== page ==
“Street photography is the art of the instant,” goes the powerful the opening statement of “Fill the Frame,” a 2020 documentary film that explores the prevalence of street photography today.
Anyone taking photos out in the streets will see how it’s easy to get inundated with the myriad of things happening all at once. As such, the best street photos indeed show the art of the instant, of moments plucked from the frenetic energy of a dynamic city.
While set in New York City, Honolulu-based Director Tim Huynh made sure that the film will serve as a collection of stories that will inspire street photographers wherever in the world they may be. For this, he brought together a diverse roster of contemporary street photographers: Paul Kessel, Jonathan Higbee, Dimitri Mellos, Mathias Wasik, Melissa O’Shaughnessy, Melissa Breyer, Julia Gillard and Lauren Welles. Each of them share the reasons why and how they got into the craft as their impressive snaps flash throughout the film.
Huynh’s interest in street photography began while interning at a small production studio in Chicago in 2010. One of his fellow interns introduced him to Vivian Maier. The inspiration sparked his interest in capturing the raw stories in the city. This, in turn became the foundation of his goals for the documentary film.
“In 2010, I was in Chicago interning at a small production studio and one of the fellow interns was telling me about Vivian Maier. He showed me her website and told me the whole back story on how his friend John Maloof bought these negatives from an auction and started scanning them and uploading the images on the internet.
“Her images had inspired me, it was so raw and full of life. I thought to myself, if I’m in Chicago where many of these images were produced, I can do that too. I started walking around Rogers Park and Michigan Avenue just snapping away.”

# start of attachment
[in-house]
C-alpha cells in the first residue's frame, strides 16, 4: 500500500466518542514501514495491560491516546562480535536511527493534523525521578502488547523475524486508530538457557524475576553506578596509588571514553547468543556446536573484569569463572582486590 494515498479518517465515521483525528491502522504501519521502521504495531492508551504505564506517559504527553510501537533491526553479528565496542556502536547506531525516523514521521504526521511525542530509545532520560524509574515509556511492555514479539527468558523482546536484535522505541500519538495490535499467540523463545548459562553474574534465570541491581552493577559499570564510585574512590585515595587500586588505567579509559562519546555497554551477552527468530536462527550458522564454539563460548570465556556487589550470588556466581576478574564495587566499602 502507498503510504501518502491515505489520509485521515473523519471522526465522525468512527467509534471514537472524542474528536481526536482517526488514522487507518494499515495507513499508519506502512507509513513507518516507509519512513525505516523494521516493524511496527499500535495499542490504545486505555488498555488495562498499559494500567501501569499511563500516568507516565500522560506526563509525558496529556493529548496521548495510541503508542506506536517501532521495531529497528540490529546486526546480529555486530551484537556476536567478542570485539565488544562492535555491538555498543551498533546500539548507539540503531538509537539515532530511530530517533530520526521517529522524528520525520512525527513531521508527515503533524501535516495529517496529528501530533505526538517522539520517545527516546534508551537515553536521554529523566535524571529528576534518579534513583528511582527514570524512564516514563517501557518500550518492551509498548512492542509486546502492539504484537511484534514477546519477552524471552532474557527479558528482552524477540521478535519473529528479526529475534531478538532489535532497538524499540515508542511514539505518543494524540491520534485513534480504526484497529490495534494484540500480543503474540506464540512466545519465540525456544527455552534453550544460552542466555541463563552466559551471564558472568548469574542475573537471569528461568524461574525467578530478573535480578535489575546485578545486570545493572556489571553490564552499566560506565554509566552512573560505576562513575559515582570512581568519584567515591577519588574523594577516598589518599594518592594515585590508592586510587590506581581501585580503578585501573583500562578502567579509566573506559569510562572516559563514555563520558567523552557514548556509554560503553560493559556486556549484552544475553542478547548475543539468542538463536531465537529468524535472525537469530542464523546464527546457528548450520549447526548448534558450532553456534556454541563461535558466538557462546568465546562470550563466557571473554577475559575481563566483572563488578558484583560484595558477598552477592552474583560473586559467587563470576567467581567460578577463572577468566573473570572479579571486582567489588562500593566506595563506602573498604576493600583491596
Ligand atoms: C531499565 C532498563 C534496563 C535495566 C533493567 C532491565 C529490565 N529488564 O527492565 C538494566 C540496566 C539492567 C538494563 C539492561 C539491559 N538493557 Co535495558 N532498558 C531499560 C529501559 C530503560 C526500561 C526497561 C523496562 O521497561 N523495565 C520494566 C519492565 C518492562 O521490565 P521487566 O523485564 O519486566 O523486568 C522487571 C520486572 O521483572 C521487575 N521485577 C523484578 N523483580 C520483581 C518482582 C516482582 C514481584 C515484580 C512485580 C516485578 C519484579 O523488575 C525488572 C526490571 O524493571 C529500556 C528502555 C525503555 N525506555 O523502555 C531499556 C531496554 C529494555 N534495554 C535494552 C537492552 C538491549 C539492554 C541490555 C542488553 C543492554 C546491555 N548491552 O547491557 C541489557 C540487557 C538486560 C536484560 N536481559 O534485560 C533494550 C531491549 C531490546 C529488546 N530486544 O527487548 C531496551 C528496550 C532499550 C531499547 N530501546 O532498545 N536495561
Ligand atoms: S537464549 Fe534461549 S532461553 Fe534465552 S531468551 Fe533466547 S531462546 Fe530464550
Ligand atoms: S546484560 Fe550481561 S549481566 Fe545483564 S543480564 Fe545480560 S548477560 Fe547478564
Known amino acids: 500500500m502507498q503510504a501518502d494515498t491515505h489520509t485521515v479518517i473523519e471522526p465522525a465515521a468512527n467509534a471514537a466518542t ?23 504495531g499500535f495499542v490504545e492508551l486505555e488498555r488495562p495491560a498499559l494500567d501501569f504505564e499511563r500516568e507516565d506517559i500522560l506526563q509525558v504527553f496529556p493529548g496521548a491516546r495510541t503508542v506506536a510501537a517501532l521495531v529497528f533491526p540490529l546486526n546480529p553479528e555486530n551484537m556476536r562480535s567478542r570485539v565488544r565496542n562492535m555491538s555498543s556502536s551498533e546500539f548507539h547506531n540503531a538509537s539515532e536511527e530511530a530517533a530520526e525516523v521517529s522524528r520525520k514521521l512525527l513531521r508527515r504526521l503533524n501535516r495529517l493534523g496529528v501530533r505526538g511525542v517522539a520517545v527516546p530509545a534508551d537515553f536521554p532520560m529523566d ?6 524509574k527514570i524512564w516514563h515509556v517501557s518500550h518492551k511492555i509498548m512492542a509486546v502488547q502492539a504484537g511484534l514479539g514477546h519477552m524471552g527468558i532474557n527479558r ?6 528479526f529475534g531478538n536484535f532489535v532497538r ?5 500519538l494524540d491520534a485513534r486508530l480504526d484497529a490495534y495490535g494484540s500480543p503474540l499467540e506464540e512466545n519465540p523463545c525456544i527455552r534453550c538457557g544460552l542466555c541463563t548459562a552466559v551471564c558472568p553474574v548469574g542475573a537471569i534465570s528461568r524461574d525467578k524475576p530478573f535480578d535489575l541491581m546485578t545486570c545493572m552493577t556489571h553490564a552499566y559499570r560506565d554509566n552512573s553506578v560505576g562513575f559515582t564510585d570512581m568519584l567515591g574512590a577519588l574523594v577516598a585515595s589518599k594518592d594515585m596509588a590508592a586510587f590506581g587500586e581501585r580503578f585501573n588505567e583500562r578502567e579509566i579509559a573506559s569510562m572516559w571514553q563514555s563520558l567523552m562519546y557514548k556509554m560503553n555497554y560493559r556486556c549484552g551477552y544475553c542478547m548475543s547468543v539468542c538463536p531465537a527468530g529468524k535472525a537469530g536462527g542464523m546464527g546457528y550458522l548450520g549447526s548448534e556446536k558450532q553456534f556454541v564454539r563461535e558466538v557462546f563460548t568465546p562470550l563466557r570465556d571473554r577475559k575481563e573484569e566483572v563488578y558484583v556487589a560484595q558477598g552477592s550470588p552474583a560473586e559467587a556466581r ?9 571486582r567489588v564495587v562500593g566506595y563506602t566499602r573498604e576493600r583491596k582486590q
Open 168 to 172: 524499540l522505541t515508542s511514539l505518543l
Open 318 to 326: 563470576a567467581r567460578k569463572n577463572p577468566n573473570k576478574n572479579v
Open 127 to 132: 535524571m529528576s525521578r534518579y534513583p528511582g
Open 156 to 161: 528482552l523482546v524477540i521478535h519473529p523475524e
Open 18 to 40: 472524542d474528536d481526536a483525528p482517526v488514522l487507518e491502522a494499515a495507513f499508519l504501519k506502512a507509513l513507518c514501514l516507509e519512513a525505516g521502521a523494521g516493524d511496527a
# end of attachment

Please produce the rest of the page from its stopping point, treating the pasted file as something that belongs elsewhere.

– Tim Huynh
“Fill the Frame” follows the footsteps of “Everybody Street” to fill the gap that the famed 2013 documentary film left. After years of brainstorming and ruminating, Huynh decided to set his own full-length documentary in New York City. Not surprising, since the Big Apple has long been a playground of iconic street photographers.
There is no singular way to do street photography. This fact is one of the many things that make the genre both interesting but also puzzling for some. The film emphasizes this not only in the work of contemporary street photographers. It also highlights the legends whose distinct styles laid the groundwork of the craft. If you’ve been doing street photography for some time, you’ll most likely find your favorite street photographer’s work featured here. Otherwise, the film provides a great balance of old and new styles for more ideas on approaching the genre.
Apart from the inspiring stories and anecdotes, the documentary also touches on the challenges that street photography faces today. I think it’s just as important for every street photographer, fledgling or otherwise, to be aware of these issues.
For example, people have become more weary of being photographed in out in the streets. This often results in increased suspicion against the photographer in the public space. Then, there’s hyper-exposure to the sheer quantity of images made and posted online everyday. This has sensitized society to any genuinely outstanding photo. As author and curator Colin Westerbeck aptly said, it’s the “onslaught of imagery that contemporary media creates.” These realities have made it extra difficult for today’s photographers to create significant photos.
Overall, I love how the “Fill the Frame” serves as a well-rounded introduction or even re-introduction to the craft. It’s not unheard of for even the most passionate street photographer to lose focus or drive once in a while. Likewise, it can be a little puzzling for beginners to grasp exactly what makes a street photo noteworthy or significant. Still, the film reminds us of how daily life’s simple but dynamic moments can be immortalized through the “art of the instant.”
Photos by Melissa Breyer
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Photos courtesy of Tim Huynh